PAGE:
Saturday, May 29, 2004

'Cops' producers get the last laugh

City pulls out, but suburbs clamoring to be on the show

By Jane Prendergast
The Cincinnati Enquirer

Cincinnati didn't want Cops. But it seems everybody else does.

Film crews for the Fox TV show that stirred Cincinnati City Hall into a hullabaloo this week started filming Friday night in Norwood. Covington's mayor, a big fan of the show, fired off an e-mail inviting the crews to film that city's police, too.

Explain yourself: 'Cops' and City Council

And the producers will meet Tuesday morning with Hamilton County Sheriff Simon Leis to discuss filming his deputies.

The issue lit up phone lines Friday on talk-radio stations. The whole thing left show creator John Langley laughing.

"Cops gone? Not so fast,'' he said from his office in Santa Monica, Calif. "We heard from the sheriff, who said come on down.

"So guess what? We're going to stay.''

Crews rode Friday night with Norwood Officer Eric Nelson. He got into a foot pursuit Thursday, Chief Bill Schlie said - "too bad Cops didn't see that.''

Crews had been filming two days in Cincinnati before Chief Tom Streicher Thursday asked them to stop. He said he thought the show would show the good work his officers do. But he rescinded the offer, saying it wasn't worth a battle with some City Council members who were worried that the show would negatively reflect on the city's image and their efforts to boost tourism.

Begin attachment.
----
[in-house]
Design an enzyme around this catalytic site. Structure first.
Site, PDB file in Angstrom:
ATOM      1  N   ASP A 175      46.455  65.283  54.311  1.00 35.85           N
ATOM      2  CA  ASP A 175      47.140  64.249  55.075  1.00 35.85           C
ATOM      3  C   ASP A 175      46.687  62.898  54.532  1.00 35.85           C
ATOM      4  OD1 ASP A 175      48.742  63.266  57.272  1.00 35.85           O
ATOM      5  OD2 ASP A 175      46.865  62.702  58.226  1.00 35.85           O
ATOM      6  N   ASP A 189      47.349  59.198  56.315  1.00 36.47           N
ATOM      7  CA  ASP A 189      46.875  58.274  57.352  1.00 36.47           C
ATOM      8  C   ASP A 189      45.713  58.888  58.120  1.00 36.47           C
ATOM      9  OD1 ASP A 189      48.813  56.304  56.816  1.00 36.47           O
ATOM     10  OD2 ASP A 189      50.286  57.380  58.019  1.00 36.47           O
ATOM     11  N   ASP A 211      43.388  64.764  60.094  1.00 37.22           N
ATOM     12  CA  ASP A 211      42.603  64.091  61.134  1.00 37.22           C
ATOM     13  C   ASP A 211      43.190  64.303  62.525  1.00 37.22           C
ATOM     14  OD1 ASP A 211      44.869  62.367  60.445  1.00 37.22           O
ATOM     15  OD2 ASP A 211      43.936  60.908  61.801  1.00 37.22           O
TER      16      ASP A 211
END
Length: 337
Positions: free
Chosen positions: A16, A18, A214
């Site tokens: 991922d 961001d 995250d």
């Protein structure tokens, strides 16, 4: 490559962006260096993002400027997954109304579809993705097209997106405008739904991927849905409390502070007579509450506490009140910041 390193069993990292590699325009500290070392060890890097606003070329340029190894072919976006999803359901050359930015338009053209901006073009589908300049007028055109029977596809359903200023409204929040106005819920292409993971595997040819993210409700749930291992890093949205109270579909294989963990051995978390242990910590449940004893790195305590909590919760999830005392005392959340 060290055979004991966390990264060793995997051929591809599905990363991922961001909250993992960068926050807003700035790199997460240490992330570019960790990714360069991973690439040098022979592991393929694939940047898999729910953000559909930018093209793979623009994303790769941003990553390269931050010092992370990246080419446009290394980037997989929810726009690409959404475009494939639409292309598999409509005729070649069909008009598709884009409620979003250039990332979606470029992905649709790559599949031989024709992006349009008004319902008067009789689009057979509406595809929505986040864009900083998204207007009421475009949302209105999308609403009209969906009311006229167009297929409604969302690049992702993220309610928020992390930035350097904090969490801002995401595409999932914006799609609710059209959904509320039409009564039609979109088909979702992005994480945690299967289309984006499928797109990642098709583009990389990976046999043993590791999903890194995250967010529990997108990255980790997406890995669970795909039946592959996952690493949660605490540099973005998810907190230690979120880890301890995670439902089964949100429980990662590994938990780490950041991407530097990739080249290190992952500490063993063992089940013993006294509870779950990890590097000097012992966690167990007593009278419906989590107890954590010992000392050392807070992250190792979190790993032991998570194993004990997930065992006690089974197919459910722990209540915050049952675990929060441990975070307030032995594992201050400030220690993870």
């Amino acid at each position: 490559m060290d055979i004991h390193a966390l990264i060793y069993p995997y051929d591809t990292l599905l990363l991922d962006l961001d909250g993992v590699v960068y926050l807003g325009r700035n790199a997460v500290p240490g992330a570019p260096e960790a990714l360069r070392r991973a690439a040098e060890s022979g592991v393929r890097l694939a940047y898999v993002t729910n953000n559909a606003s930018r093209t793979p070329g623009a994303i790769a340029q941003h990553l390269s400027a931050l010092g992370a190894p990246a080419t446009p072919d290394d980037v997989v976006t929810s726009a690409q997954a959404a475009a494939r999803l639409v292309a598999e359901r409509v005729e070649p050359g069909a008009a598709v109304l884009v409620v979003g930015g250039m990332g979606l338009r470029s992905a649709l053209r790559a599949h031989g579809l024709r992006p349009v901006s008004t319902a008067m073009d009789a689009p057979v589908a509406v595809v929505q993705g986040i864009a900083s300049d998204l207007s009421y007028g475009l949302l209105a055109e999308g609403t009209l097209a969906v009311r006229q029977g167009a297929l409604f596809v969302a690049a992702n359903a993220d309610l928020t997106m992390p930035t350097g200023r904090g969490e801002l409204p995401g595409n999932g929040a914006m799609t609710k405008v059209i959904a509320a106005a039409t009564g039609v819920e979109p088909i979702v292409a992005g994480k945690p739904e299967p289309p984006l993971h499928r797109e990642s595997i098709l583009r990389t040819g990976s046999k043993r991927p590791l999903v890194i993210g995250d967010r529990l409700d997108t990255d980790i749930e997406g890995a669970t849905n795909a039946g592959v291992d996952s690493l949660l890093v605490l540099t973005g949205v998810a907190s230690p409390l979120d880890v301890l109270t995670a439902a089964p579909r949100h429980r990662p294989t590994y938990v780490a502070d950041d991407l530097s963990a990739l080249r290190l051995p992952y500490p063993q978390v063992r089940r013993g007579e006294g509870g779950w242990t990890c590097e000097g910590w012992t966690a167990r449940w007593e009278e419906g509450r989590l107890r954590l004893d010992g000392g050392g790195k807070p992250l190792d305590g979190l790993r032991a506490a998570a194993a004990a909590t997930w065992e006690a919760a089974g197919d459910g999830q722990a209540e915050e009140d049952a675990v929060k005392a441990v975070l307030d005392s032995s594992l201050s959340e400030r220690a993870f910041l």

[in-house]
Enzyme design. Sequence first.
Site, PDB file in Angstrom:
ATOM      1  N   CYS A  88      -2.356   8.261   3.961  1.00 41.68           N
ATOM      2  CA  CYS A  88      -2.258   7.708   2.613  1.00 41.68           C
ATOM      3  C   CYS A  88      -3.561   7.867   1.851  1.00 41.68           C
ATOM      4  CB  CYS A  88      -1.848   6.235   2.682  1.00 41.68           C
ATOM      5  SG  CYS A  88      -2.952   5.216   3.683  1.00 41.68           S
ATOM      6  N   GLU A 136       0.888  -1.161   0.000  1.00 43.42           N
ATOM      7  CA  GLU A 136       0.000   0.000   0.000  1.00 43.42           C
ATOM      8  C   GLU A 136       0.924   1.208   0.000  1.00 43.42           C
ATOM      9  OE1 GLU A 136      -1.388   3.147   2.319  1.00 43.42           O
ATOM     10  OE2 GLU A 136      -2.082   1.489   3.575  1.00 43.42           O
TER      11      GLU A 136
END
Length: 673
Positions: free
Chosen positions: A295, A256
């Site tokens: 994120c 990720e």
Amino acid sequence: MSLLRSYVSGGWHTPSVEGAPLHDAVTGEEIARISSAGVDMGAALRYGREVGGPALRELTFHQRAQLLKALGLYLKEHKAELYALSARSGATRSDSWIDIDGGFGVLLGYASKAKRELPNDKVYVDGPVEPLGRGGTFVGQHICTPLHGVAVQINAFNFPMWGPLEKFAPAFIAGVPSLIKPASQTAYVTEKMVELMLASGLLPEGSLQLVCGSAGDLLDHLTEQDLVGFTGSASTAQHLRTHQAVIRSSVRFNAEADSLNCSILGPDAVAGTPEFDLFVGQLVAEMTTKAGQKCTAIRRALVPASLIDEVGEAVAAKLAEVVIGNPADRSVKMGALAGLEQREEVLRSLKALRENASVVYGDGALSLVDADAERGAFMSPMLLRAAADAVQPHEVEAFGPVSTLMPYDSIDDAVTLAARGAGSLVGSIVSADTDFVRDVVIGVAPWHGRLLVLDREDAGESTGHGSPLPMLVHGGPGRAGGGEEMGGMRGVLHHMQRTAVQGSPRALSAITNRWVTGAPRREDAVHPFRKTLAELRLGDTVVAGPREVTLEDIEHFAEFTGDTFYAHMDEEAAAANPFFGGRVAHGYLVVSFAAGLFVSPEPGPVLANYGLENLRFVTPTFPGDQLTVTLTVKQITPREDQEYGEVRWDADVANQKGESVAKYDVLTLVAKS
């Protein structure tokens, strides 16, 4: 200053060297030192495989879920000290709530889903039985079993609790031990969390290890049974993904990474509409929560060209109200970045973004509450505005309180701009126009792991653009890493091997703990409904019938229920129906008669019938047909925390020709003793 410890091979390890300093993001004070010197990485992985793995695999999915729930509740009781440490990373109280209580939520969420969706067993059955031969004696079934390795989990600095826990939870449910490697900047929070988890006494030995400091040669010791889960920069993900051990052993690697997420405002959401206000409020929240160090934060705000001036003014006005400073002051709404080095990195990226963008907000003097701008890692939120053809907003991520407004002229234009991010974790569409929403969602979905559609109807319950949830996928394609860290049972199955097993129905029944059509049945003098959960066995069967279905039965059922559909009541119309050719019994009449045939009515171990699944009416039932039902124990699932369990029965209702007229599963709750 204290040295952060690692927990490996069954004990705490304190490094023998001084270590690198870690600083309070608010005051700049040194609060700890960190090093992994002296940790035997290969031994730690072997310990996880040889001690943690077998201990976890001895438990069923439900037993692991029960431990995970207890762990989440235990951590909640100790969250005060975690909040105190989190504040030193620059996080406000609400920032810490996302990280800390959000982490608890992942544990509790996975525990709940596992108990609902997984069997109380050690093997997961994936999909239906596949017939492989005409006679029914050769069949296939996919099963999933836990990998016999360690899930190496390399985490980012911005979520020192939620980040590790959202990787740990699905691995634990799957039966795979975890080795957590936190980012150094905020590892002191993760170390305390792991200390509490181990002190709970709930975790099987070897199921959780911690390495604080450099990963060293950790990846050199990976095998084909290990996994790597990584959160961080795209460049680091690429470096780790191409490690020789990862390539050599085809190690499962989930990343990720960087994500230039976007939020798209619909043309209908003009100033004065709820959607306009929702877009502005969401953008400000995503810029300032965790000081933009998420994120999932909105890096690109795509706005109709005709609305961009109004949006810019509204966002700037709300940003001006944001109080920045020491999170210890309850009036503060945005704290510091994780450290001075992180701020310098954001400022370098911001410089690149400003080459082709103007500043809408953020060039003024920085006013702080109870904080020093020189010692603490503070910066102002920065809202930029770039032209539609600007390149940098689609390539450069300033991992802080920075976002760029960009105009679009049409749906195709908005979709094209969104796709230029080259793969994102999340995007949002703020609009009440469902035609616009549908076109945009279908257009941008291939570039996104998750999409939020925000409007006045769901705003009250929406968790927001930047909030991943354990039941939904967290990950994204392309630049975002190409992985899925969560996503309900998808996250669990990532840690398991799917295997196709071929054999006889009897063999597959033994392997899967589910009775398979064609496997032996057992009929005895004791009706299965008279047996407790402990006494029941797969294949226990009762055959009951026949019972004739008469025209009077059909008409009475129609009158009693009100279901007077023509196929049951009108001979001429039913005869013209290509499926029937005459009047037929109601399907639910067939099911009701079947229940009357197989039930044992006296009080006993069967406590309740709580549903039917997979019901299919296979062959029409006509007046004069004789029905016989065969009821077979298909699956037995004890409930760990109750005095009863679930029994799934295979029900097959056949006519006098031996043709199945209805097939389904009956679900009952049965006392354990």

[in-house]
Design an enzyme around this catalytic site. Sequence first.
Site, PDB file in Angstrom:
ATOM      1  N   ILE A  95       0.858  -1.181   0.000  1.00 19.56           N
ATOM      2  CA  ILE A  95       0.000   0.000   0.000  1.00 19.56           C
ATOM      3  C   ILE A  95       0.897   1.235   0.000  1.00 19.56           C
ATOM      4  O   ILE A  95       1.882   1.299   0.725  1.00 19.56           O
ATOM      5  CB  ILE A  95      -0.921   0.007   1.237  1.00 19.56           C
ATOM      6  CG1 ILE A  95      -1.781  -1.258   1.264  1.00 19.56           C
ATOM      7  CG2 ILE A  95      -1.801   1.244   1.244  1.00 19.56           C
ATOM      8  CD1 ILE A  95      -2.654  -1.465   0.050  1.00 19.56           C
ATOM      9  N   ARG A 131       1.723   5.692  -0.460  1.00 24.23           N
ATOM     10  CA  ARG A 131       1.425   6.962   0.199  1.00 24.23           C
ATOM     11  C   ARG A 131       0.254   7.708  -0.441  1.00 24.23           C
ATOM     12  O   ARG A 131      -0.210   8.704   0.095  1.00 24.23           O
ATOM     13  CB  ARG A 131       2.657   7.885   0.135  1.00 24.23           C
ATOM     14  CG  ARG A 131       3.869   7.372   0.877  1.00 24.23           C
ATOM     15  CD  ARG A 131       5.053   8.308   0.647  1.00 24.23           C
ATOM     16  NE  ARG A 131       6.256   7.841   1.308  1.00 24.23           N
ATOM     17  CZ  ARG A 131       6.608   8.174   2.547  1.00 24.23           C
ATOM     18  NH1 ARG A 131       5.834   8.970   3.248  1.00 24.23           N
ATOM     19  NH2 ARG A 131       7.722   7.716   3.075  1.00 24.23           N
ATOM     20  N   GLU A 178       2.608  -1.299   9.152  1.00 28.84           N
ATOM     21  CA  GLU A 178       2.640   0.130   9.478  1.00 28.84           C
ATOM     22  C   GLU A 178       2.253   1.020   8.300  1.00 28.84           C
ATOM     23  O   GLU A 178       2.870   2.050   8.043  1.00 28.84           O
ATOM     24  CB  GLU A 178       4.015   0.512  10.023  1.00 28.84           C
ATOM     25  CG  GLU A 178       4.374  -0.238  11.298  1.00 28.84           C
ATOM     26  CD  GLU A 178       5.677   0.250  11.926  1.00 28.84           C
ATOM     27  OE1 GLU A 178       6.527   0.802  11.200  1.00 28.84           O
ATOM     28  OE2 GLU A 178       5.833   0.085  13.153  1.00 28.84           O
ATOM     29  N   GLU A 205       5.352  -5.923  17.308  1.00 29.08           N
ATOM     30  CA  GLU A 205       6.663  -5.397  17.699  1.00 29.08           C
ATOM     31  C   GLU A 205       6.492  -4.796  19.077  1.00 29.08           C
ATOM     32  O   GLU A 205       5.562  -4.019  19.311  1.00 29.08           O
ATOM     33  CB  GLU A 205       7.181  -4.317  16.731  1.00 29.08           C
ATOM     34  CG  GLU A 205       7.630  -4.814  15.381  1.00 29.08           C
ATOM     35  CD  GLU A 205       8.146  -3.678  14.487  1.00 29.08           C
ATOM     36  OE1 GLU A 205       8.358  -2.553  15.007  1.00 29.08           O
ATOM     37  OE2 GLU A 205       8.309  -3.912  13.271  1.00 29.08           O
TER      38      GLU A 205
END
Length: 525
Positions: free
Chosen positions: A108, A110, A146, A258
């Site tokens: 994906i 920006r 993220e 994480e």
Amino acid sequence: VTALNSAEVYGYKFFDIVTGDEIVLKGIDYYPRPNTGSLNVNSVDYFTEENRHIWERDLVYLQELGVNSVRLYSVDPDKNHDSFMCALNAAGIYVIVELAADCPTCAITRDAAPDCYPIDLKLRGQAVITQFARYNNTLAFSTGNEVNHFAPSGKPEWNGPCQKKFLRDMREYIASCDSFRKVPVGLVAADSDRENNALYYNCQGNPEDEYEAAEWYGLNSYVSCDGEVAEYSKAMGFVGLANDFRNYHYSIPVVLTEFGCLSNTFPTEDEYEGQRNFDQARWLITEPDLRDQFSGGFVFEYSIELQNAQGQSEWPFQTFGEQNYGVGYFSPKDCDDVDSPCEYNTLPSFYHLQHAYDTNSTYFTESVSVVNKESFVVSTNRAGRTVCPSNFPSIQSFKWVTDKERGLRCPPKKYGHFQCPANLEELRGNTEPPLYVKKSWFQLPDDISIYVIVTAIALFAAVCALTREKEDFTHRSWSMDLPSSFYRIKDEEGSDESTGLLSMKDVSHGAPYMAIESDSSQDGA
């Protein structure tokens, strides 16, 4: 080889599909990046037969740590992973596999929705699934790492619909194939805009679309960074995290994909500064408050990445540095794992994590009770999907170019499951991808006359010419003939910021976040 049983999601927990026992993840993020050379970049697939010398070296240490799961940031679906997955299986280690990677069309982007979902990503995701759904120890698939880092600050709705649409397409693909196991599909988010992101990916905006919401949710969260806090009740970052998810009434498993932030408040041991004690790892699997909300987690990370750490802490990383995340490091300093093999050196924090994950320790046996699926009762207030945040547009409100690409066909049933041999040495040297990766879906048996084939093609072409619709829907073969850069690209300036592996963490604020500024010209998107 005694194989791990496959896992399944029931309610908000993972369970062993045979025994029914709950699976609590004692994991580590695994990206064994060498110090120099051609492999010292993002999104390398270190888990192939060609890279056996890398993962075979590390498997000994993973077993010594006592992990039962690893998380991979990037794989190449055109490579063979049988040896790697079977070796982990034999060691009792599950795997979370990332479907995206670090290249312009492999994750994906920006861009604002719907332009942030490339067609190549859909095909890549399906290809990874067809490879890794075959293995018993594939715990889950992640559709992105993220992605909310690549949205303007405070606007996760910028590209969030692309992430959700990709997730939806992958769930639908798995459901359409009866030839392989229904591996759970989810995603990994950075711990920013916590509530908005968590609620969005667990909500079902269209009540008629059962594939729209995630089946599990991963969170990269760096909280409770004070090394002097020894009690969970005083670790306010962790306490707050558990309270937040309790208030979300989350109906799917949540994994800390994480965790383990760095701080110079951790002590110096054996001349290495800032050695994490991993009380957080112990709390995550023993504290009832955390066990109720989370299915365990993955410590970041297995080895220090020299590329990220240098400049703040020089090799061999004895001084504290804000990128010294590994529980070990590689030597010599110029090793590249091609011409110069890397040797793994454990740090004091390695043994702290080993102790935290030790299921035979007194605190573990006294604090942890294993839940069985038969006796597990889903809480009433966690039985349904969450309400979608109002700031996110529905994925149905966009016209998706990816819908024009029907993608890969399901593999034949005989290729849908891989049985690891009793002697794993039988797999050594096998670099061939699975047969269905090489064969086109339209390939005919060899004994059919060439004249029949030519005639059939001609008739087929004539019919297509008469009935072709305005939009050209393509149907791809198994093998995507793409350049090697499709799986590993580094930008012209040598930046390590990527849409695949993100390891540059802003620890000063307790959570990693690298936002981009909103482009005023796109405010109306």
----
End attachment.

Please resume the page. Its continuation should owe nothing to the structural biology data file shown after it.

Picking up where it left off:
Langley laughed at that, too: "We just left Las Vegas, and I can assure you we did not affect tourism.''

Cincinnati, on pace to match last year's 26-year homicide high, is still reeling from race riots three years ago that sparked an economic boycott and a federal investigation into the Cincinnati Police Department.

The show has never before been asked to leave a city, Langely said. Some Cincinnati council members hope the suburban interest will keep the show in the area long enough for them to rescind the rescinded offer. Councilman Sam Malone plans to put a resolution on Wednesday's meeting agenda to invite film crews back into the city.

Councilman David Pepper was working to see if a majority of council would support such a move. He said the city looks "sillier'' now than if it had just let filming continue.



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